After you have taken your zillionth x-ray for the day, do you ever worry about the radation you are exposed to in the workplace causing lasting health effects on you? Many vet techs have some type of fear about the harm that ionizing radiation could cause. It is important to ensure that you are using good technique and minimizing your risks. If you do this, your radiation exposure will be at a minimum and very unlikely to cause any harmful effects.
Taking x-rays are a part of daily activity in any veterinary clinic. Always follow the "ALARA" rule (as low as reasonably achievable).
Minimize exposure through a variety of different ways:
1) Sedate the patient when needed.
If a patient is stressed and struggling during x-ray, it will be much harder to get good images the first time and more people are needed to take the images. This means that you will have to take repeated views and thus increase your exposure.
2) Use quality Personal Protective Equipment.
This includes lead aprons, thyroid protectors, and gloves.
3) Minimize the number of people needed to perform the x-rays.
If one person can take the x-rays or if the pet can be restrained using sandbags, etc. then do this to reduce exposure.
4) Always wear your Radiation Badge
Wear a readiation badge to measure the exposure you are getting.
5) Keep yourself out of the x-ray beam!
This seems obvious, but seeing fingers in x-rays makes me cringe- there is no excuse for this. Also, wearing a lead glove doesn't protect you from the primary beam!!!! The gloves help to prevent from scatter radiation.
6) Make sure the equipment you are using is properly maintained.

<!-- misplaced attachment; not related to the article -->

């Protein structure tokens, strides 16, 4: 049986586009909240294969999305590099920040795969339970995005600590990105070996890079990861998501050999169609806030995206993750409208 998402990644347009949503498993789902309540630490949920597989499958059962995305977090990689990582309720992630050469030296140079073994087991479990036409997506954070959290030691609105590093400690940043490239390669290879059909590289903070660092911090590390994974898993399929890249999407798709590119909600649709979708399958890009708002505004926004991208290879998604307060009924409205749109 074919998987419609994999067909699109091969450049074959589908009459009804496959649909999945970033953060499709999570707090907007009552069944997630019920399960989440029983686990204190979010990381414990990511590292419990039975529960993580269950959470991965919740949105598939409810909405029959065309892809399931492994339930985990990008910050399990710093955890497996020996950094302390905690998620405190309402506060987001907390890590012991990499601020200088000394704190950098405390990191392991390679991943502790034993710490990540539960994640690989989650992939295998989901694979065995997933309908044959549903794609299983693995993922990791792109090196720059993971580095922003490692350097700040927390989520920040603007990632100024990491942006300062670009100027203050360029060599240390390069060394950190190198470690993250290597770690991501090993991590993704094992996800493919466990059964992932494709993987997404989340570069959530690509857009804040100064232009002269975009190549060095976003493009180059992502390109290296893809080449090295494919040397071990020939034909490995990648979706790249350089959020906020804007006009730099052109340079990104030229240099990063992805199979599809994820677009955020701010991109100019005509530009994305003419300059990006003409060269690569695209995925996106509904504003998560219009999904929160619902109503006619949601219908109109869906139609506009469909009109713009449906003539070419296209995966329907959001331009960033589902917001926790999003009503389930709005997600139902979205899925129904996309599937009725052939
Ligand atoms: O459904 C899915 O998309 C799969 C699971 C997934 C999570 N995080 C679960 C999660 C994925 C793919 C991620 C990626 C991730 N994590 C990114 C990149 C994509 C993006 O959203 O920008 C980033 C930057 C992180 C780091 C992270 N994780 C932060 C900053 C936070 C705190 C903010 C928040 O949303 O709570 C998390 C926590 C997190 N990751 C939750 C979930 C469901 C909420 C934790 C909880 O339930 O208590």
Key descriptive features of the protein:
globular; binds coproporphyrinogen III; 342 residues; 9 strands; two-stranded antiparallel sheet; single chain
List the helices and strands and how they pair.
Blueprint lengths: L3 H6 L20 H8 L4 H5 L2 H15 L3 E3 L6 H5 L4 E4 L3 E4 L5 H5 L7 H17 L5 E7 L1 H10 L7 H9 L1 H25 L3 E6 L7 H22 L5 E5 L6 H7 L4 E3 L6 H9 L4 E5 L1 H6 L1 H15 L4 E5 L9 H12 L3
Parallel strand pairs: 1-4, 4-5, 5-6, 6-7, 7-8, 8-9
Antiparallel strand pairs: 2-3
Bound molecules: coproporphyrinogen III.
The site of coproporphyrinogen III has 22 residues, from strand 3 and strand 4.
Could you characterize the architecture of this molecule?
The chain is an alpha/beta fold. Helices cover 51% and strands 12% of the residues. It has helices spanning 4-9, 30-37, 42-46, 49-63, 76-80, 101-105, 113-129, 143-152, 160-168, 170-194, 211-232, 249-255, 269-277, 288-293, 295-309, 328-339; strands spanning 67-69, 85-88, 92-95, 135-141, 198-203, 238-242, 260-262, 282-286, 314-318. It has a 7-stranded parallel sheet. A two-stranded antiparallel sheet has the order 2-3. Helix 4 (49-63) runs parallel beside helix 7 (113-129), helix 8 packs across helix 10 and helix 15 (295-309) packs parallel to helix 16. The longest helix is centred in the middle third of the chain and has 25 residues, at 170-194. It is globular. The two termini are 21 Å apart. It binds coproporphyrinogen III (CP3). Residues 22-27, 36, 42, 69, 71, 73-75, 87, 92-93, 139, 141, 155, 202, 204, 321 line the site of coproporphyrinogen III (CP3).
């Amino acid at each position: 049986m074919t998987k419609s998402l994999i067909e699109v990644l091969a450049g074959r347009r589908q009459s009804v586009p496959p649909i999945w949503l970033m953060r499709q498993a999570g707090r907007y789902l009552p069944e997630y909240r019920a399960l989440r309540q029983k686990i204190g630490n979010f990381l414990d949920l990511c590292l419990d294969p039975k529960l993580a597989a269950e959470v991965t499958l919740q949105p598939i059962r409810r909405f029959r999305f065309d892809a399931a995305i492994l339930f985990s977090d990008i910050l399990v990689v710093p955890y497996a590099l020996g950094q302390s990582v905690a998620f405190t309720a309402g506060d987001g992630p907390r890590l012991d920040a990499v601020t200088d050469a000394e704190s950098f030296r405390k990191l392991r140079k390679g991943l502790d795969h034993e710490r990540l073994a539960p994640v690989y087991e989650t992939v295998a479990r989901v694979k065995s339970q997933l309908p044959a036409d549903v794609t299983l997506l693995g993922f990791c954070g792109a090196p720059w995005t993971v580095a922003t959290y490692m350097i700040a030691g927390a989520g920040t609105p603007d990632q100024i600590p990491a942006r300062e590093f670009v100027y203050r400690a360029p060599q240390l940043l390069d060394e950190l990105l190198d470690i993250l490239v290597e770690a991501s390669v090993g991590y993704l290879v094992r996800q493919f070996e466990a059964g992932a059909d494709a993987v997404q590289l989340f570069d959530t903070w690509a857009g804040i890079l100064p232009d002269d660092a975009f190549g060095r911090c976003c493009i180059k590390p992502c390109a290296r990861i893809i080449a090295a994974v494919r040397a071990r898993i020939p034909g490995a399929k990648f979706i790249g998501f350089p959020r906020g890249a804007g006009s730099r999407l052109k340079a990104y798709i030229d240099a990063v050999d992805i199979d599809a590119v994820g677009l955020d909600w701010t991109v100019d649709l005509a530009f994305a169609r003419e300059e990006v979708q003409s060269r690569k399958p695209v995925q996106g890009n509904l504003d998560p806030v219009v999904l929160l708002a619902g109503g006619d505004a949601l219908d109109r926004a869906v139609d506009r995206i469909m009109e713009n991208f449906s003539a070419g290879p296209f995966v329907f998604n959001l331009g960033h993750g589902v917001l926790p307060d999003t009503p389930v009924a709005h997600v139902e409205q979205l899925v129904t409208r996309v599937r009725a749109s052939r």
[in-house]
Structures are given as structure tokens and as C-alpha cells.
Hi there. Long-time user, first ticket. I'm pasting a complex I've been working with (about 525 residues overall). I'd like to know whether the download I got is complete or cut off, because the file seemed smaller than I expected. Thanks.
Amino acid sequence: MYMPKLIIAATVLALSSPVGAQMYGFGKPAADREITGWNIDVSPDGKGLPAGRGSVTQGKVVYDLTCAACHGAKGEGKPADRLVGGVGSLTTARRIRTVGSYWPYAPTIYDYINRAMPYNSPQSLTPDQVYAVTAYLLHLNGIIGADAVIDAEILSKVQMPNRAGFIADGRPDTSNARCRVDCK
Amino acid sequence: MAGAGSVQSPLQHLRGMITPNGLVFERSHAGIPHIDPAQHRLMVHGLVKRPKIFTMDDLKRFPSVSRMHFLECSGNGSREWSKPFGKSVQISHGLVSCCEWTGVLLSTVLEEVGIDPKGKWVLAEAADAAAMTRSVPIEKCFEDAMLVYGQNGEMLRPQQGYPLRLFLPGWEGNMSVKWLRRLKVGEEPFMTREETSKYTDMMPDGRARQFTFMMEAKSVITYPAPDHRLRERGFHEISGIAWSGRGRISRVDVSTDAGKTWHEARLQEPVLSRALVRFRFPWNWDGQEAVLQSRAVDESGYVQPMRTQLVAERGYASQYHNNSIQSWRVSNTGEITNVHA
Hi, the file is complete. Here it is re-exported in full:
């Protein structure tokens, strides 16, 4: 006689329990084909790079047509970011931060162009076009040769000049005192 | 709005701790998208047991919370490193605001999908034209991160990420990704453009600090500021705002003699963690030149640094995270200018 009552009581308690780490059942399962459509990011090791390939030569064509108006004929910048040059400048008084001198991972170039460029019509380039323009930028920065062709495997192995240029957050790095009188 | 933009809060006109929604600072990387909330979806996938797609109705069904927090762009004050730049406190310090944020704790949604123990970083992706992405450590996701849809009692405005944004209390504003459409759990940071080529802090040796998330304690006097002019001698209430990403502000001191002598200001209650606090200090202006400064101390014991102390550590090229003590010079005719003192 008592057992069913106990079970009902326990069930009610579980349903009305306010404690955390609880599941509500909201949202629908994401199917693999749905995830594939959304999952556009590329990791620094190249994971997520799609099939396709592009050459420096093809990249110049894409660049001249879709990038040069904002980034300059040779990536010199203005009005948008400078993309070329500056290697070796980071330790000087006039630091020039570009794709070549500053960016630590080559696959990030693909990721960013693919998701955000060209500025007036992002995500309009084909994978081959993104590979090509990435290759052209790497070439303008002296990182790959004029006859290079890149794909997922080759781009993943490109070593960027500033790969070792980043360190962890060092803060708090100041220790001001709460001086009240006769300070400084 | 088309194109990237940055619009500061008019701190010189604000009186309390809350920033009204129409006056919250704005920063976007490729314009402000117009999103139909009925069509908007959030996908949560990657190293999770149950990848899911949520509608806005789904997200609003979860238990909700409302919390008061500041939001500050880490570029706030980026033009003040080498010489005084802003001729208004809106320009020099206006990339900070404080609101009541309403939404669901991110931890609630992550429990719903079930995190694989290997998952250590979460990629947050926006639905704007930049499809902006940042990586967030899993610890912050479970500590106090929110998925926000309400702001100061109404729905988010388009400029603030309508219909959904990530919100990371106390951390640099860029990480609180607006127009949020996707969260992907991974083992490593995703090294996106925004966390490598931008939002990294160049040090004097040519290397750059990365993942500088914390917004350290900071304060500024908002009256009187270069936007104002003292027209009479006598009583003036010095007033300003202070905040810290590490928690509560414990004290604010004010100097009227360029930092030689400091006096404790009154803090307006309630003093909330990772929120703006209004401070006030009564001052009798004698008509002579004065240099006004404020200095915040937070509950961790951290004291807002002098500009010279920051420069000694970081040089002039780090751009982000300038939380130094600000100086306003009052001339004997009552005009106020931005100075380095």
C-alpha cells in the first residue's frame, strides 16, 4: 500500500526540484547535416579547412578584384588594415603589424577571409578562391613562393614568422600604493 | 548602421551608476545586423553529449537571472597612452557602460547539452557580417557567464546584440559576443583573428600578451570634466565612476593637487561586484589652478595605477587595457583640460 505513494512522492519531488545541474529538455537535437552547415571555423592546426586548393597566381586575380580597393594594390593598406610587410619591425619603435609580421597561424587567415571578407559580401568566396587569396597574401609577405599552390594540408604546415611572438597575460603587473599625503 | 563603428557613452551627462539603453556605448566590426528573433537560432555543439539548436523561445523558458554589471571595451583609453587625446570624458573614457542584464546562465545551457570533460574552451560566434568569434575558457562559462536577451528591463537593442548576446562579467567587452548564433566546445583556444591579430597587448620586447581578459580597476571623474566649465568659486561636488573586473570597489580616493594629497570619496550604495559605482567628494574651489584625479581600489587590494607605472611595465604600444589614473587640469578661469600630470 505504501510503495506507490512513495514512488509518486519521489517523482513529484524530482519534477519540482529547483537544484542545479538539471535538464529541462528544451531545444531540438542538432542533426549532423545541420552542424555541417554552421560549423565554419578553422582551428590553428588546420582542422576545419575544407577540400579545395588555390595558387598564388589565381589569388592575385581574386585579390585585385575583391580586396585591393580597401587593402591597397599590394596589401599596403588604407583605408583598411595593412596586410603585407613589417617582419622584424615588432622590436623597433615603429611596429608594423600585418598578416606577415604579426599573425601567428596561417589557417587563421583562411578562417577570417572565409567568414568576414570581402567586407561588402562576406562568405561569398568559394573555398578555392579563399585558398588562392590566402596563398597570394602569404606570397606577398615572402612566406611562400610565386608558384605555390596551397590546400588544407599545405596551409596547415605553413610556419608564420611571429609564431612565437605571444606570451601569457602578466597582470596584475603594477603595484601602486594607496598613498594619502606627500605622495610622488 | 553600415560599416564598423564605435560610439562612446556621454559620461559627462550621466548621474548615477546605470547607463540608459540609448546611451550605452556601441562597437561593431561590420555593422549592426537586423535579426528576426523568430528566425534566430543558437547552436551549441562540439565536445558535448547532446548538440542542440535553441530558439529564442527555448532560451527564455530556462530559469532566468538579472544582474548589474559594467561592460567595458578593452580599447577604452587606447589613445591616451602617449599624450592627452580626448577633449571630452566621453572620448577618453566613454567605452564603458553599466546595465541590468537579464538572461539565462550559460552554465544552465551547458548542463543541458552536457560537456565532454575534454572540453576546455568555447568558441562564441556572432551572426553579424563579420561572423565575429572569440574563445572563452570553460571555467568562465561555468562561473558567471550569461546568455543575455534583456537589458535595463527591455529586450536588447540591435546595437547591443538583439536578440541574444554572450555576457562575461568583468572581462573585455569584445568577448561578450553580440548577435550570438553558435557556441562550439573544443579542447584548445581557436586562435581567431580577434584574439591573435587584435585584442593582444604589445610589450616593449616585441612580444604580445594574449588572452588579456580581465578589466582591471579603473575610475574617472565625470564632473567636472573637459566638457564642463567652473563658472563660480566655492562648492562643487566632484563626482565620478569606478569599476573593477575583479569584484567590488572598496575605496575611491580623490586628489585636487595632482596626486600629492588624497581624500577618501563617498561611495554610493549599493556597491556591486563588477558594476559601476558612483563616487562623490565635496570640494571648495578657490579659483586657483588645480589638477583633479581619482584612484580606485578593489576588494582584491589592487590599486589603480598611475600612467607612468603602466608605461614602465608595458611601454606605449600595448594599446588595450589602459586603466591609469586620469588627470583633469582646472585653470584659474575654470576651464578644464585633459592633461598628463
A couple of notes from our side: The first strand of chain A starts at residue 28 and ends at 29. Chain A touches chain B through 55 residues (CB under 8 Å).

7) Digital x-rays Help Decrease exposure
Digital x-rays (which most practices now have), help decrease exposure and are helpful because the images can be manipulated on the screen to make them lighter or darker without having to keep re-taking images to get it just perfect.
8) Remember Time, Distance, and Shielding.
Reduce exposure time, increase distance as much as possible, and use proper shielding as discussed above.
9) Keep track of your quarterly monitoring radiation badge reading.
Then you can actually see what your exposure is. The exposure you will see is usually markedly lower than the threshold set by NCRP (see below).
10) Take extra care in positioning properly the first time.
This will help to prevent you re-taking the images again.
"The National Council on Radiation Protection and Measurements (NCRP) is responsible for setting guidelines regarding radiation exposure. Currently, the NCRP guidelines state that 5000mrem (5rem) a year is the maximum permissible dose (MPD) for occupational exposure. In other words, the NCRP recommends that veterinary technicians obtain less than 5000mrem of exposure during the course of a year."
The Top 15 Tips and Tricks for Studying for the VTNE
You're of course going to need to study a ton to nail the test, but there are a lot of tips and tricks that will help you make the most of your study time and we've packaged those up in a free guide.
Some of the Top 15 Tips include: